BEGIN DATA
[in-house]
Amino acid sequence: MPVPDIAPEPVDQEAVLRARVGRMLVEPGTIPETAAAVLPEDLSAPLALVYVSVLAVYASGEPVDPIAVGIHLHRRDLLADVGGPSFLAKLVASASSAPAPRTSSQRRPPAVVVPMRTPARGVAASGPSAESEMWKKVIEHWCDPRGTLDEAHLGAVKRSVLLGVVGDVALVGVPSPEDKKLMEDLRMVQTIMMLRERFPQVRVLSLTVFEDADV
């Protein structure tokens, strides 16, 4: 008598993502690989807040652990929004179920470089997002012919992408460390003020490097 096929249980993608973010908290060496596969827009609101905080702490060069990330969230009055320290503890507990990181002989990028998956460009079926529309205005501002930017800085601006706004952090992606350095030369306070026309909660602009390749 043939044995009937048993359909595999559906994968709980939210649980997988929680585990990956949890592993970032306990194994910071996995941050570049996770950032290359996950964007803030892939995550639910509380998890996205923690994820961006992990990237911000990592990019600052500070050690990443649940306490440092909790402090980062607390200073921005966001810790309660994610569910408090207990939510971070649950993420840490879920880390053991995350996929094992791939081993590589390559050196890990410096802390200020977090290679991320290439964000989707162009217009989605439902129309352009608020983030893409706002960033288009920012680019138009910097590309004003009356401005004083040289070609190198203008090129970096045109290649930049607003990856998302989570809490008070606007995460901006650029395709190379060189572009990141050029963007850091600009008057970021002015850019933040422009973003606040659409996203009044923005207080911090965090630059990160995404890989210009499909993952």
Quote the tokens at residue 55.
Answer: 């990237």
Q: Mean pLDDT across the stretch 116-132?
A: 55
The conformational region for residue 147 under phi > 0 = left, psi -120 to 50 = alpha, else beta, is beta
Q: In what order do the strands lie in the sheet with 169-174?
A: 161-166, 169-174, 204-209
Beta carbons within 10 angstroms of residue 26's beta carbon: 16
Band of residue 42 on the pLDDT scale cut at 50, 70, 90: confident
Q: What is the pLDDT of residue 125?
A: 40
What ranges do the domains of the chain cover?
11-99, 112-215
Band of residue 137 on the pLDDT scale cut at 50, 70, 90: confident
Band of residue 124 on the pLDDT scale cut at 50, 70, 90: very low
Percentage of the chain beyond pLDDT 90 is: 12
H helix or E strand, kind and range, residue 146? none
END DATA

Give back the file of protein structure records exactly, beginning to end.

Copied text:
[in-house]
Amino acid sequence: MPVPDIAPEPVDQEAVLRARVGRMLVEPGTIPETAAAVLPEDLSAPLALVYVSVLAVYASGEPVDPIAVGIHLHRRDLLADVGGPSFLAKLVASASSAPAPRTSSQRRPPAVVVPMRTPARGVAASGPSAESEMWKKVIEHWCDPRGTLDEAHLGAVKRSVLLGVVGDVALVGVPSPEDKKLMEDLRMVQTIMMLRERFPQVRVLSLTVFEDADV
């Protein structure tokens, strides 16, 4: 008598993502690989807040652990929004179920470089997002012919992408460390003020490097 096929249980993608973010908290060496596969827009609101905080702490060069990330969230009055320290503890507990990181002989990028998956460009079926529309205005501002930017800085601006706004952090992606350095030369306070026309909660602009390749 043939044995009937048993359909595999559906994968709980939210649980997988929680585990990956949890592993970032306990194994910071996995941050570049996770950032290359996950964007803030892939995550639910509380998890996205923690994820961006992990990237911000990592990019600052500070050690990443649940306490440092909790402090980062607390200073921005966001810790309660994610569910408090207990939510971070649950993420840490879920880390053991995350996929094992791939081993590589390559050196890990410096802390200020977090290679991320290439964000989707162009217009989605439902129309352009608020983030893409706002960033288009920012680019138009910097590309004003009356401005004083040289070609190198203008090129970096045109290649930049607003990856998302989570809490008070606007995460901006650029395709190379060189572009990141050029963007850091600009008057970021002015850019933040422009973003606040659409996203009044923005207080911090965090630059990160995404890989210009499909993952």
Quote the tokens at residue 55.
Answer: 């990237």
Q: Mean pLDDT across the stretch 116-132?
A: 55
The conformational region for residue 147 under phi > 0 = left, psi -120 to 50 = alpha, else beta, is beta
Q: In what order do the strands lie in the sheet with 169-174?
A: 161-166, 169-174, 204-209
Beta carbons within 10 angstroms of residue 26's beta carbon: 16
Band of residue 42 on the pLDDT scale cut at 50, 70, 90: confident
Q: What is the pLDDT of residue 125?
A: 40
What ranges do the domains of the chain cover?
11-99, 112-215
Band of residue 137 on the pLDDT scale cut at 50, 70, 90: confident
Band of residue 124 on the pLDDT scale cut at 50, 70, 90: very low
Percentage of the chain beyond pLDDT 90 is: 12
H helix or E strand, kind and range, residue 146? none